There’s a house by the seaside in Norway – on the rocks. Nestled among the boulders of Sandefjord, on Norway’s south-east coast, Cabin Knapphullet by Lund Hagem was created as an annex to a summer home. But this gorgeous seaside retreat is a place you’ll never want to leave. Not quite 100 SF (30 meters), it has plenty of light and plenty of view and feels much, much larger. Surrounded by weather beaten boulders, the extreme privacy was part of the plan – despite it being a primarily glass house. And the stepped concrete roof? It leads to a viewing platform – concrete stairs to your private deck. Panoramic ocean views make it the perfect place for a sundown drink. Here’s to glorious sunsets on the Norwegian coast.
Just like a normal set of stairs. Except it’s angled roof to your house. And it leads to a most incredible view.
Of course, given that the house is primarily glazed glass walls, the view from below isn’t bad either. We love the minimalist fire pit.
The cabin’s ceiling is covered with simplistic strips of basket-woven oak.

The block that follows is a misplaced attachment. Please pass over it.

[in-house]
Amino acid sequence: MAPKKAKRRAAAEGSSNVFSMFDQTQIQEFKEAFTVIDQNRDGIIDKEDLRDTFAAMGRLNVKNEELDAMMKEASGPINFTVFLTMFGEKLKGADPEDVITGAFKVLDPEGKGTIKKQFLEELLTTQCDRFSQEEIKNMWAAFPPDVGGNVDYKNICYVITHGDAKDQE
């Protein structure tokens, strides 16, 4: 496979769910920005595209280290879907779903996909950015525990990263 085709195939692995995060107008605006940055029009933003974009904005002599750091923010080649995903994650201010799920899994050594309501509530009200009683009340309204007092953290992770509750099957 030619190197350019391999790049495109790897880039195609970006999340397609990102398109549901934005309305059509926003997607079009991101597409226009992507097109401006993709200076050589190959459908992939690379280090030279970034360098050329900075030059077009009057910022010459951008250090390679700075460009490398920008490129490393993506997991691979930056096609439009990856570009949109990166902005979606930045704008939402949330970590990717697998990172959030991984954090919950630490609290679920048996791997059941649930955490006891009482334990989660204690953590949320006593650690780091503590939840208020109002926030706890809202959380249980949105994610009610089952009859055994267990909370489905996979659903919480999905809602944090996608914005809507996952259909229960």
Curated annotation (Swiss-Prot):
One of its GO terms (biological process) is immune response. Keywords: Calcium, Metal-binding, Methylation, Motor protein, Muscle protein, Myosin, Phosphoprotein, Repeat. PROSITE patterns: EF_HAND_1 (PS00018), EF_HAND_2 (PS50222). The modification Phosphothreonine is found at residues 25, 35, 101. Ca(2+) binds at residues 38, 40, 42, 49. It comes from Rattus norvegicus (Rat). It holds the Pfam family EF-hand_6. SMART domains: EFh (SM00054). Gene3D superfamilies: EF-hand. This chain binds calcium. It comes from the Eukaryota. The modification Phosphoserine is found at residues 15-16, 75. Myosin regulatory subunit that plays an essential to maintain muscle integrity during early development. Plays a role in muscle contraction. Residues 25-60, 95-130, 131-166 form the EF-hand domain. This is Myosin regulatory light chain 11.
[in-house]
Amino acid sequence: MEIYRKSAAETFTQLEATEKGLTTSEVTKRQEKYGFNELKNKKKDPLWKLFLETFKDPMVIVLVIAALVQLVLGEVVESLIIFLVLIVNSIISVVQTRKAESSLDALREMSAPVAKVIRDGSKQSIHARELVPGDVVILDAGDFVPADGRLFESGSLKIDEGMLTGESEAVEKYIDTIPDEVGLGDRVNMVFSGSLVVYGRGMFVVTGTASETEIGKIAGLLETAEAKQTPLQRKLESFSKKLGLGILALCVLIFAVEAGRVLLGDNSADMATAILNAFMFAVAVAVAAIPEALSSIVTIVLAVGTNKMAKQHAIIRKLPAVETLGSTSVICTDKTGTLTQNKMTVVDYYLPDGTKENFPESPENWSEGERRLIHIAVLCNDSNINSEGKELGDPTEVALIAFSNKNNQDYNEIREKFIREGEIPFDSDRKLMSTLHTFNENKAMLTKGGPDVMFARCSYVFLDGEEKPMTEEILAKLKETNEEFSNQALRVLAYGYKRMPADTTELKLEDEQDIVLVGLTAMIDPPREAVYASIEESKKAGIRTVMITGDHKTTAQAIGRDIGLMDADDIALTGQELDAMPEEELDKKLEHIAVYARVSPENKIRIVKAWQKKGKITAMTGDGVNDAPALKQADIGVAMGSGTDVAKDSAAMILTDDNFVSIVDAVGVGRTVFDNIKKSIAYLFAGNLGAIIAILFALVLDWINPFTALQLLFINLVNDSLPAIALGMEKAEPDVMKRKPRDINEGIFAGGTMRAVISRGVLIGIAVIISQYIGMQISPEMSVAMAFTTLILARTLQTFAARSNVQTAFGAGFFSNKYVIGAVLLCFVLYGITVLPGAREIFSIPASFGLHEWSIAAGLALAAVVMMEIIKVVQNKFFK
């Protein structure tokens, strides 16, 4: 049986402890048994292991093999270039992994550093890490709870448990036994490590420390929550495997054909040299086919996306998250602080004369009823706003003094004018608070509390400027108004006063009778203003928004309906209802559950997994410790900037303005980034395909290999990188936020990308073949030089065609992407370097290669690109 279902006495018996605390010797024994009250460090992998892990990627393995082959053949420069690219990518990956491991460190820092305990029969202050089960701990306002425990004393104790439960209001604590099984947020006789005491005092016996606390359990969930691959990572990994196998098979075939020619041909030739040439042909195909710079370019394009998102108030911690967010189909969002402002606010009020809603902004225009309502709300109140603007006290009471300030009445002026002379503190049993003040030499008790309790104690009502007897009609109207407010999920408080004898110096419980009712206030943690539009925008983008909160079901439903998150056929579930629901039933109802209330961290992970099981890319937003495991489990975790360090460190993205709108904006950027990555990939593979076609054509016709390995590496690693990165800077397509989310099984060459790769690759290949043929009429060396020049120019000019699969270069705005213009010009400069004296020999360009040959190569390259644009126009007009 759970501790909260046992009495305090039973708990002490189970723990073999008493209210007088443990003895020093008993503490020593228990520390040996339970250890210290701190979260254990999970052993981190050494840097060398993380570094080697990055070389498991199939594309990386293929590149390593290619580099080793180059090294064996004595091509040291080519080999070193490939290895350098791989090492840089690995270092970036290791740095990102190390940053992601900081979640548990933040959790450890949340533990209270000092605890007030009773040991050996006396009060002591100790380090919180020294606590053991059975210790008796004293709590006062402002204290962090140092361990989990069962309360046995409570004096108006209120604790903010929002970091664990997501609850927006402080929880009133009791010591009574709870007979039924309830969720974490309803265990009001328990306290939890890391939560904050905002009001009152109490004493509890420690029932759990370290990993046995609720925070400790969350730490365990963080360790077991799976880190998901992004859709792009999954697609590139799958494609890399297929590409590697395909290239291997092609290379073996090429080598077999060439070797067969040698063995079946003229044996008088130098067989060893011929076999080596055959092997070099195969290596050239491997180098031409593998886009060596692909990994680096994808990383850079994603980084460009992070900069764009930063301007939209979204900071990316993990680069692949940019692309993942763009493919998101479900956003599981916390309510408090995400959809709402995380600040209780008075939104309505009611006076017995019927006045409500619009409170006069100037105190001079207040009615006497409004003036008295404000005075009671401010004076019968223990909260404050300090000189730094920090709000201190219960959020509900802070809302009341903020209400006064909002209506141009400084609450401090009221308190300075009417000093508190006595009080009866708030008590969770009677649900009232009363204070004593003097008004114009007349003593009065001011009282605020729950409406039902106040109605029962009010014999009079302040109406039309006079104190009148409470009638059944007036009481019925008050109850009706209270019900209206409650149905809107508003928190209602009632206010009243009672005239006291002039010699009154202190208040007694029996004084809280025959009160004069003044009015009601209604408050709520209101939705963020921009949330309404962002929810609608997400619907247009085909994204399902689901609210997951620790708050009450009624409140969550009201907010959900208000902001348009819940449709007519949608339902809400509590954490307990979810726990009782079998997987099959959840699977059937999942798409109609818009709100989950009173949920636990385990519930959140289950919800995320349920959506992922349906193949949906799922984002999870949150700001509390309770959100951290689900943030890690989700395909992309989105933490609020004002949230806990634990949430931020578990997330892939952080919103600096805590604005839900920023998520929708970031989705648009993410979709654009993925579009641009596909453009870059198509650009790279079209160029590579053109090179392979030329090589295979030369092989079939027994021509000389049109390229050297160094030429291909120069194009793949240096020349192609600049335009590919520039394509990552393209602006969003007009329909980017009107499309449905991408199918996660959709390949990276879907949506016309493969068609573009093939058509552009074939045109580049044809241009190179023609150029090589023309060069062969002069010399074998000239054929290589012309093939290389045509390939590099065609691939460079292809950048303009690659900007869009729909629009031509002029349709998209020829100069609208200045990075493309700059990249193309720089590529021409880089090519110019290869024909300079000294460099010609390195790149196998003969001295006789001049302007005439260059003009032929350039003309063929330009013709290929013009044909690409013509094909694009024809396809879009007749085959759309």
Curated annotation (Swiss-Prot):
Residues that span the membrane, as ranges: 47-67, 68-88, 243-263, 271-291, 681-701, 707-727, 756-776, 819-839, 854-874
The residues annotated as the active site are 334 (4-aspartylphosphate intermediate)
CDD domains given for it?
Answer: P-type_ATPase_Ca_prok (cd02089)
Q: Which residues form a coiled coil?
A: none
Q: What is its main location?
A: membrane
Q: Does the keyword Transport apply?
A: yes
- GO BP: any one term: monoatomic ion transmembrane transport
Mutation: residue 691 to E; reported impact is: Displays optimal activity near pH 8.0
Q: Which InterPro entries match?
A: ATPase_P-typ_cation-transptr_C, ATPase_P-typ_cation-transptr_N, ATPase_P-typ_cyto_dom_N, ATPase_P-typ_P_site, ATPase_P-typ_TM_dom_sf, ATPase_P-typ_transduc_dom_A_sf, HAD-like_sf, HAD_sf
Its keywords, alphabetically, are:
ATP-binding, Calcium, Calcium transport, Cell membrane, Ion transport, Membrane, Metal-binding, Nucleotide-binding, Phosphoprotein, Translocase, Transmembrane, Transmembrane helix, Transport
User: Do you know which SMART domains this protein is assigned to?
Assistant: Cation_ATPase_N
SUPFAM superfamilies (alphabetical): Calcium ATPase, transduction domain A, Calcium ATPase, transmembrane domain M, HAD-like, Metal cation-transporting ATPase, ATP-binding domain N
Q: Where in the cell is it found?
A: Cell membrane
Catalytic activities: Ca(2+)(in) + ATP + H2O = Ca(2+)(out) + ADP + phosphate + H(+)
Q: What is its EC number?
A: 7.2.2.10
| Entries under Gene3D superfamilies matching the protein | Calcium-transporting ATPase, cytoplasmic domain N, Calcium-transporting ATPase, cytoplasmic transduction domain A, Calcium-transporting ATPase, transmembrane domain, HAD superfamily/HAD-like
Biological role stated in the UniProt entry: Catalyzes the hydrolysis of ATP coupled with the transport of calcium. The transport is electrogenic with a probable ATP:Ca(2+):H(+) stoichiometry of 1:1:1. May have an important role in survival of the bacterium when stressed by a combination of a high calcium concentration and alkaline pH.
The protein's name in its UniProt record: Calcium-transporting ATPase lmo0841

Rocky topography helps shelter this small modern cabin – and it seems to merge with the landscape around it.
The minimally furnished retreat makes use of its small footprint with space-saving features such as an oak sleeping platform that is suspended from the cabin’s basket-woven ceiling. A wood burning stove warms the concrete-floored space.
At the ground level, a concrete patio creates a sheltered, outdoor area with an open fire – an area which can be enjoyed year round.
Cement benches throughout the house provide minimalist seating. Along with the cement floors, they allow the view – and the design – to be the thing.
Some walls are made with sawn oak, but most are glazed glass, to show off the spectacular ocean views.
Designing this modern cabin was all about maximizing the view, while using the privacy and protection from elements that the large outcropping of rocks would provide.
The cabin seems to come out of nowhere – but the design is in harmony with its surroundings. Using cement as a main material went a long way to blending with the rocky landscape.
This charming cabin welcomes you in the evening with her warm glow. Can you picture yourself here?
The sleeping platform makes good use of the small footprint. Fitted beneath the bed is the living space and bathroom.
More cement benches that blend with the background – along with the glass walls. It’s hard to tell you’re inside!
What a wonderful little (literal) hole-in-the wall escape from the world! As mentioned, it was designed as an annex to the main house, so there is no kitchen. But it has everything you need for overflow guests – or as a place to run away yourself.
Photography by: Kim Müller
Architect: Lund Hagem